Name: Melody Gonzalez
Hometown: Rio Caribe, Venezuela
What is your major? Civil Engineering
Where did you intern? Black and Veatch, Coral Gables office. The consulting firm is responsible for the design for the Miami-Dade Water and Sewer Department.
What did you do there? The company focuses on three business lines – water, power and telecommunications. As part of the water line division, I supported the South Florida team in water and wastewater related projects.
How did you get your internship? Through my network. I am part of the Florida Water Environment Association (FWEA) South Chapter, and another member talked to me about the internship program at BV and sent me the link to apply.
What advice do you have for those beginning the internship process? Networking is crucial. Get involved in organizations related to our field of study. Those professional relationships can give you the opportunity to get your foot in the door for an interview. Don’t give up. It takes time to build your network, but it will eventually pay off.
What projects did you work on? I mainly worked on a project in the design of a water line located in the Southwest of Miami Dade County, beginning in the intersection of SW 137th avenue and SW 176th street and ending at the intersection of SW 134th avenue and SW 208th street. It was a very interesting project because it was a large diameter pipeline (60-inch), including crossing a canal while keeping the road in service at all times.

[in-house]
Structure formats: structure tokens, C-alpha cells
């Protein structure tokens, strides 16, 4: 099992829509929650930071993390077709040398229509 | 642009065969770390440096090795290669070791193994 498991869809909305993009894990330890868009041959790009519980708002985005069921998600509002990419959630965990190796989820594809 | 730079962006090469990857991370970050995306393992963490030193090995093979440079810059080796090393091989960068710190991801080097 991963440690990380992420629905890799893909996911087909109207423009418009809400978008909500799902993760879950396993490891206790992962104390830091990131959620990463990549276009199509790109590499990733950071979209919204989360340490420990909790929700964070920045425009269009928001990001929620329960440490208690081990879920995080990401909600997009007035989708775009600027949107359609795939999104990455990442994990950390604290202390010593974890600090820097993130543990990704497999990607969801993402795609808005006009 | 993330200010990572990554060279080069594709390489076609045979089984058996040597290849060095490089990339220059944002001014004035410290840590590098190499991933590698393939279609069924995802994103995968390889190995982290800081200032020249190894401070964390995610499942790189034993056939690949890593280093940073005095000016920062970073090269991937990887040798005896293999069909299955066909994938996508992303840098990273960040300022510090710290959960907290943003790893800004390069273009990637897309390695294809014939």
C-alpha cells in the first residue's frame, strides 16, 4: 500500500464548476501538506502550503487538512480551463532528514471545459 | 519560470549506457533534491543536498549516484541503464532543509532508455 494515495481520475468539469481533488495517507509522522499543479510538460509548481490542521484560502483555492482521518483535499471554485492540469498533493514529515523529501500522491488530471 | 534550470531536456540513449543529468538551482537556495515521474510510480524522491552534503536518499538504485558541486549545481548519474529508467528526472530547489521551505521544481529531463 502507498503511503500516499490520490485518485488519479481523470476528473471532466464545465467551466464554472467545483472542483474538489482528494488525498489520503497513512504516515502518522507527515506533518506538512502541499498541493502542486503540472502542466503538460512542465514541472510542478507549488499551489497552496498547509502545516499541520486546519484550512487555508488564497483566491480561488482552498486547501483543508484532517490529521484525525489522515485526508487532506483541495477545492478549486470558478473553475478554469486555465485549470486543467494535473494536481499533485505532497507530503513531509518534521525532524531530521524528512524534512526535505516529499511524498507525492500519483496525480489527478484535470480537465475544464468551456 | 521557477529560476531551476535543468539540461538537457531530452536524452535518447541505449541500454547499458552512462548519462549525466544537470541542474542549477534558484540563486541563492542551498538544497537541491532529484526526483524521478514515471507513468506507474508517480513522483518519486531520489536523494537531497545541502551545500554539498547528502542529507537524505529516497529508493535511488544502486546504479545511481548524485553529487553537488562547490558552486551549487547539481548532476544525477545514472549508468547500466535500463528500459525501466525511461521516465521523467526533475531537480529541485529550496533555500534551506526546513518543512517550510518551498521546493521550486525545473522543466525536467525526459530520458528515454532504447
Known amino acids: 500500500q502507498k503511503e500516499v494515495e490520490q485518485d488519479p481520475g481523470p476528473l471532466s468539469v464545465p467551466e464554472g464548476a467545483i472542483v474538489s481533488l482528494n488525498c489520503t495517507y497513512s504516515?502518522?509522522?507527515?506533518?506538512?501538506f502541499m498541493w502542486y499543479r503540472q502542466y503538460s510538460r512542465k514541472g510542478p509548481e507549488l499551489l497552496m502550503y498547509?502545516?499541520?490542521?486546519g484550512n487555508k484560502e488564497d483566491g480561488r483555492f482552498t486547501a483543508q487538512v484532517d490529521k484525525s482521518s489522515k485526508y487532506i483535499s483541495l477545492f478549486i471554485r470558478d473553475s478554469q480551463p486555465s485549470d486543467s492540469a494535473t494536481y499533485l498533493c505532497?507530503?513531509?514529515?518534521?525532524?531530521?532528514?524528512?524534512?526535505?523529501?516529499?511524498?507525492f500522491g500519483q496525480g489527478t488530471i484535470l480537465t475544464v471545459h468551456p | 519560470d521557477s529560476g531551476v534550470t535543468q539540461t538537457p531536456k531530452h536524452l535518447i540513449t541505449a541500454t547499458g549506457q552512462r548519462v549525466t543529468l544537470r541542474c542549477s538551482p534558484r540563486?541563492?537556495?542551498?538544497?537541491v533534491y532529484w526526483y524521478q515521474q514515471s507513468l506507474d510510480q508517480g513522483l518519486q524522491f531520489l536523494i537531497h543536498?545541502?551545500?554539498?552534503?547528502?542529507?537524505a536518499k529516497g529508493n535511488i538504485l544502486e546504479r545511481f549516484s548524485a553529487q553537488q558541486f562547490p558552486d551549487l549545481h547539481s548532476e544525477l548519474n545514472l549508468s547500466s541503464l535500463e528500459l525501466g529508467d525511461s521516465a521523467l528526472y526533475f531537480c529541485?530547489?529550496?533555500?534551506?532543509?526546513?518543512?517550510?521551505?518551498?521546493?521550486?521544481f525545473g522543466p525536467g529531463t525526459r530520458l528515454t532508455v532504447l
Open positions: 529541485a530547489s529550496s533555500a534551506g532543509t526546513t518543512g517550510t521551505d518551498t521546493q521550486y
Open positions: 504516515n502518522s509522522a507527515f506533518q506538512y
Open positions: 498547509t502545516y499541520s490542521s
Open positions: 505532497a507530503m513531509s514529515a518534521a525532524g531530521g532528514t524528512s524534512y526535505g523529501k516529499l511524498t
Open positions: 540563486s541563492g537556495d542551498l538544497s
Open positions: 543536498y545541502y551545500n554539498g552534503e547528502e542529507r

How did your internship connect back to your coursework? Many of my classes were related to the work I performed — hydraulic and fluid mechanics, computer tools, GIS, and AutoCAD; but I would say that more than just the classes, the skills that I learned while at school is what helped me to get the work done.
What did you like most about your experience? BV is a very large company and its internship program is very well organized. It really impressed me how everything was set up in advance before I started, and I was treated as another engineer who was part of the team. And even though, I was here in South Florida, I was in constant communication with the headquarters in Kansas City via weekly Skype calls and webinars. The company really invested time in giving me a great experience and good knowledge of the company as a whole.
What have you learned about yourself? I learned that I am very competitive. All the interns around the United States started at the same time, and as part of the internship program. The company had a social media challenge where we posted about our experience at BV and I won three out of four of them, putting Miami in the spotlight.
How did you expand your professional network? I met a lot of professionals. Not only the engineers in my office, but also in other offices in Florida, as well as some company executives such as the president of the water division, and the regional vice president.
How did it help you prove yourself in the real world? This was an amazing experience. I could get a real sense of what the work of a water engineer is on a daily basis. Engineering is a very stressful job, but the reward of knowing that you are helping to improve people’s lives motivates you to do it better every day. I am very excited that I was offered a full-time position to join the company upon graduation this December!